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1950-51 Theatre Catalog, 9th Edition, Page 365 (343)

1950-51 Theatre Catalog, 9th Edition
1950-51 Theatre Catalog
1950-51 Theatre Catalog, 9th Edition, Page 365
Page 365

1950-51 Theatre Catalog, 9th Edition, Page 365







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Type Maximum Maximum Maximum Screen W'idth . Recommended Arc Screen with 9 Ft. Lambert: 0! Type of carban 5'" Arc Current Volts Lumens at Canterm Lamp Amperes 90o Shutter 75% Screen Reerctivity High Intensity Positive 13.6 mm x 22 in. 150 78 9750 38.2 Condenser iiOrotipi, Cored Negative x 9 in. Type iiHitexi, Super High-Intensity Positive 13.6 mm x 22 in. 180 74 12,400 43.2 Heavy duty "Orotip" Negative 1/3 x 9 in. Simplified Suprex Cored Positive 7 mm x 12 or 14 in. 50 37 5000 27.2 High Suprex Cored Negative 6 mm x 9 in. Intensity Suprex Cored Positive 3 mm x 12 or 14 in. Suprex Cored Negative 7 mm x 9 in. 70 40 7000 31.6 iione s c d P ' v 7 12 14' 4o 2* ' 32-0 219 Kilowan D C uprex ore osttne mm x .or m. to a . Arcs, ' ' iiOrotipi, C. Negative 6 mm x 9 1n.

* (All data based on use of F / 2.0 treated projection lenses) The terms 2Nationalli, itHitexii and ItOrotip', are trade-marks of National Carbon Division


Union Carbide and Carbon Corporation

30 East 42nd Street. New York 17. N. Y.

DISTRICT SALES OFFICES Atlanta-Chicago-DaHas-Kansas City-New York Pittsburgh-San Francisco


The history of screen lighting, even from the beginning, has been one move after another to obtain more and better light. High intensity projection has always produced enthusiastic response from theatre patrons, since they notice and show favorable reaction to the improvement resulting from installation of this type equipment.

High intensity lamps provide a greater volume of screen light than the older low intensity lamps. This allows a clear cut screen image to be shown in the presence of a safe and comfortable level of general illumination. Patrons entering the auditorium from the lobby find their seats without discomfort or embarrassment, while the lighter contrast between the screen and surrounding illumination adds to visual comfort in viewing the picture. H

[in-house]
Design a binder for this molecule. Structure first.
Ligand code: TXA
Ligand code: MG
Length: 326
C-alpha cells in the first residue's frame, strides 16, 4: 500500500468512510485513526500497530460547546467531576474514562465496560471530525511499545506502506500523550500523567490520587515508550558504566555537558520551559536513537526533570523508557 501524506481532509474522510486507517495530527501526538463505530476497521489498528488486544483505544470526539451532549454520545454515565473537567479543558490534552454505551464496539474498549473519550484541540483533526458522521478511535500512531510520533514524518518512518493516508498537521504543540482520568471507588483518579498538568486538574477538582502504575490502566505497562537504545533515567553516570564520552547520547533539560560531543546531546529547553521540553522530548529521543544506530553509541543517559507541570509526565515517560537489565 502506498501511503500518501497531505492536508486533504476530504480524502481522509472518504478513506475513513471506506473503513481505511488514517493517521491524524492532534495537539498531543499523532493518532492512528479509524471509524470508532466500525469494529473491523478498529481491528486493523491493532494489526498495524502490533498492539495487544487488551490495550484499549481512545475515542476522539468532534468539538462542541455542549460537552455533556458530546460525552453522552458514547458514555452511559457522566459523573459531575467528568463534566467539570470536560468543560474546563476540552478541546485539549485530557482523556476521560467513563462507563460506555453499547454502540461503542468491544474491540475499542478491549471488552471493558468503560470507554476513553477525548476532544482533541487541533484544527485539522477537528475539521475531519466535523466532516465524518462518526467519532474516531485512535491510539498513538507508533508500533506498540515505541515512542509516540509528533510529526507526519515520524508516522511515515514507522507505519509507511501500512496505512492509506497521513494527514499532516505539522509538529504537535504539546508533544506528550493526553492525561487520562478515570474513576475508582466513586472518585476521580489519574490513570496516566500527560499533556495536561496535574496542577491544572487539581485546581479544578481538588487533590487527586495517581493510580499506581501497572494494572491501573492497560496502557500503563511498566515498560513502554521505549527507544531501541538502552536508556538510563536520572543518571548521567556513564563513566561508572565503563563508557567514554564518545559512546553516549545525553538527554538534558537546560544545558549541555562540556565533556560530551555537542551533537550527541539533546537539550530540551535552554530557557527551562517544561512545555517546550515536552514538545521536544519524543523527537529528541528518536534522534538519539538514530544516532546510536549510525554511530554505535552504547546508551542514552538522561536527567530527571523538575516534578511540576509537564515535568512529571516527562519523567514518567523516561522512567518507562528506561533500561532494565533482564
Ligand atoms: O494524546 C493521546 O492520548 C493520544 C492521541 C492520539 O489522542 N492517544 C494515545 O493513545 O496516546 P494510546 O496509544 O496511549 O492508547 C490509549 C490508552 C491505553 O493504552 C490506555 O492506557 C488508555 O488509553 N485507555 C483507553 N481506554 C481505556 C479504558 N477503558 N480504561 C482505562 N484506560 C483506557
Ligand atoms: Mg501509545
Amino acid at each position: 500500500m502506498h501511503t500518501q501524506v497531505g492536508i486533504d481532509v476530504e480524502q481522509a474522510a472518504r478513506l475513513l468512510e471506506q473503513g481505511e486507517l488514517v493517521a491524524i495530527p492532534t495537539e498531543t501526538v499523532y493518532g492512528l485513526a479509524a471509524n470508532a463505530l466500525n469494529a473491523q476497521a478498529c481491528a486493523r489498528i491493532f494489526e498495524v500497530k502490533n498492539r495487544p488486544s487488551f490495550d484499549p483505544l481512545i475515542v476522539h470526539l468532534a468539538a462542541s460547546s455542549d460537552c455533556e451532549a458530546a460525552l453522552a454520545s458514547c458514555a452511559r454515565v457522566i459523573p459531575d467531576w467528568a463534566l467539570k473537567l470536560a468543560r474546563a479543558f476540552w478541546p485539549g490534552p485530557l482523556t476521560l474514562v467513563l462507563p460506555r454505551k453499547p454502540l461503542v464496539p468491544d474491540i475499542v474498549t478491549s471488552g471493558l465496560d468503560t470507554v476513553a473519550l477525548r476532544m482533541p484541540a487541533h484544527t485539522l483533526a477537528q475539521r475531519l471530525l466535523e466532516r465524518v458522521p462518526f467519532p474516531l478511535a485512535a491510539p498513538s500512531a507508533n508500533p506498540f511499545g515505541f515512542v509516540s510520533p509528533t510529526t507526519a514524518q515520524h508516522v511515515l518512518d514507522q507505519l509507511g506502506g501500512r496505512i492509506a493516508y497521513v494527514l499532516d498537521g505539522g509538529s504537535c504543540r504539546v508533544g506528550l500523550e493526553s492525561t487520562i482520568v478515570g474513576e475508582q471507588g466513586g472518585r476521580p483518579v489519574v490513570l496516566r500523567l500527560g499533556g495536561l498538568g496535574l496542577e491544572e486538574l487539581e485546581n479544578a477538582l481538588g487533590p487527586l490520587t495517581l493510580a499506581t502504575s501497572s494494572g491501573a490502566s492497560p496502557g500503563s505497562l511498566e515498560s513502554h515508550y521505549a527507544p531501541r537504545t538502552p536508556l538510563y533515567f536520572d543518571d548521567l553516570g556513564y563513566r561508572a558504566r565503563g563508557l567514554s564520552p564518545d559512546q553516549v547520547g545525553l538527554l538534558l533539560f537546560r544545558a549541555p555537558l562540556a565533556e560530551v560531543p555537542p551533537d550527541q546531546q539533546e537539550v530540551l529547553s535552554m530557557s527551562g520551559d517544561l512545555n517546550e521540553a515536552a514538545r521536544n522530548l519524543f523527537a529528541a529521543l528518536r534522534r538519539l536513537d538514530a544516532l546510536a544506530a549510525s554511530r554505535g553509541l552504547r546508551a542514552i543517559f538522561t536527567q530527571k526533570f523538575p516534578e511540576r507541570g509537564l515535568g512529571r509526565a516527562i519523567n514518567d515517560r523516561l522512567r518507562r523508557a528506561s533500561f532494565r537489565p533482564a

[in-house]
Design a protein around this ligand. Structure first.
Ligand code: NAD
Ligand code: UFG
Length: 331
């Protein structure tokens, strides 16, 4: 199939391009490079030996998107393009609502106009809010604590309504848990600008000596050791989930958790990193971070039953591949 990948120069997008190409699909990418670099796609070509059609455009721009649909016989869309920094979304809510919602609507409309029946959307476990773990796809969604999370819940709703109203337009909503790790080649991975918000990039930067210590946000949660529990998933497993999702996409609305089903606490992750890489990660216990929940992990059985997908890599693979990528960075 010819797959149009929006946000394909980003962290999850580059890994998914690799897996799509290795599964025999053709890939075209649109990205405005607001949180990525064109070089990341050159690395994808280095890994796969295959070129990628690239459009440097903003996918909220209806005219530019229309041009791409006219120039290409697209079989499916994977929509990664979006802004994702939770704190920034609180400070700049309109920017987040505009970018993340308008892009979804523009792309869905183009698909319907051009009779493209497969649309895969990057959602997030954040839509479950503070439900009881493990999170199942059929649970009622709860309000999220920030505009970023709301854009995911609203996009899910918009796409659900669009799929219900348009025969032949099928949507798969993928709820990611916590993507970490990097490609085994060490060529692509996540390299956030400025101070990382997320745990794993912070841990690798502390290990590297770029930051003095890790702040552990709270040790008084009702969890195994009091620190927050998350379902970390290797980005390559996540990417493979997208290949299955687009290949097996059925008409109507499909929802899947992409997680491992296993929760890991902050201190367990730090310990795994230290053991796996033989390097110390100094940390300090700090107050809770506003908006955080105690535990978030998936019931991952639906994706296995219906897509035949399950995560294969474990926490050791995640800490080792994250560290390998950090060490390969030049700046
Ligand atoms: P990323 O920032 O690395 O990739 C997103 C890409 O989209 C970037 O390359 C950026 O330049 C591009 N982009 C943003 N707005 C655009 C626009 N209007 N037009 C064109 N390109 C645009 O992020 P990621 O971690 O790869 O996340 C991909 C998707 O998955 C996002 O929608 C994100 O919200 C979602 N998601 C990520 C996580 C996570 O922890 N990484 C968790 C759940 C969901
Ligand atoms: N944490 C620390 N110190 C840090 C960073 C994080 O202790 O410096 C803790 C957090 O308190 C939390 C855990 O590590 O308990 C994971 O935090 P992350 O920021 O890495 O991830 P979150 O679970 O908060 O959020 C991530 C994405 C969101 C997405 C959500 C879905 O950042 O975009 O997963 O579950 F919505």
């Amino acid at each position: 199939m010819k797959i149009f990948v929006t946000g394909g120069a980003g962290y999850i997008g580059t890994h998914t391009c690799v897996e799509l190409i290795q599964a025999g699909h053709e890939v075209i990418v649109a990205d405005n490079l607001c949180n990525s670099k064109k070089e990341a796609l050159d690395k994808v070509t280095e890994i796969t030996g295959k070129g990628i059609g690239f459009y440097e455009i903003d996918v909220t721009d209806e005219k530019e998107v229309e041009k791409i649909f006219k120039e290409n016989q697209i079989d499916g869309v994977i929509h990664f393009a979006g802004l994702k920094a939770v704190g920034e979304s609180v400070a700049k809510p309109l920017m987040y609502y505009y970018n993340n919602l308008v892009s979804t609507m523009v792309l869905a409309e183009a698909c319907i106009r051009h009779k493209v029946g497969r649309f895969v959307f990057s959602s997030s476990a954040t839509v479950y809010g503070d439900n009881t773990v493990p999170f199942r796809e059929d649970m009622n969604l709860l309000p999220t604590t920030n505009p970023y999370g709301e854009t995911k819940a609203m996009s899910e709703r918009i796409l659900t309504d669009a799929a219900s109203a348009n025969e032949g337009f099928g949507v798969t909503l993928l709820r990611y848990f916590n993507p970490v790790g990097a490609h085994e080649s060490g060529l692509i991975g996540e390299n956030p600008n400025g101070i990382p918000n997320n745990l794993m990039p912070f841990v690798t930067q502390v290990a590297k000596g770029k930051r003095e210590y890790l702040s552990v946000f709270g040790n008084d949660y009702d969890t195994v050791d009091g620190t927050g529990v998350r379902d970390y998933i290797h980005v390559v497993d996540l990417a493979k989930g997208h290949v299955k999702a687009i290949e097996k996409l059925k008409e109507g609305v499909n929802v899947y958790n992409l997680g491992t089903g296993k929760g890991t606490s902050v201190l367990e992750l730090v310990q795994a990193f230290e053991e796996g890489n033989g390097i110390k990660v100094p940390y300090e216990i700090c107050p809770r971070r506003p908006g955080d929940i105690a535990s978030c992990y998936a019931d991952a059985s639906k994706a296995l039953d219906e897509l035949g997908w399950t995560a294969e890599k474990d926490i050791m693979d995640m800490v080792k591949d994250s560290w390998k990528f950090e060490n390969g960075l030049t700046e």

A further advantage of the high intensity are for projection is the snow white quality of its light. Light from the low intensity are is comparatively dull and yellowish. This distorts the hues of color features and detracts from the impression of realism which color is designed to create. High intensity projection reproduces all colors with great fidelity and gives a realistic quality to color features not

otherwise obtained. 1950-51 THEATRE CATALOG


From the standpoint of the small theatre, the 4iOne Kilowattf carbon arc ranks among the most important advances in the art of motion picture projection. It enables the smallest theatre, at little or no increase in operating cost, to have the advantages of snow white projection light and the recommended level of illumination on the screen. It removes the edge enjoyed by those theatres

having the more expensive types of high intensity lamps.

One of the most important objectives in preparing for future business is improvement in the quality and quantity of screen illumination, especially since increased production in color films is expected. No theatre will be a

modern theatre without high intensity projection.

The iiOne Kilowattli arc, without increasing operating cost, now allows the small theatre to give its patrons 50 to 80 per cent more screen light, more realistic color reproduction, and a quality of picture presentation un surpassed by anv theatre, regardless of size.

To [uz'i/i/a/e inquiry re t/w abate, [71mm mention the raltmle and page mun/Mr.
1950-51 Theatre Catalog, 9th Edition, Page 365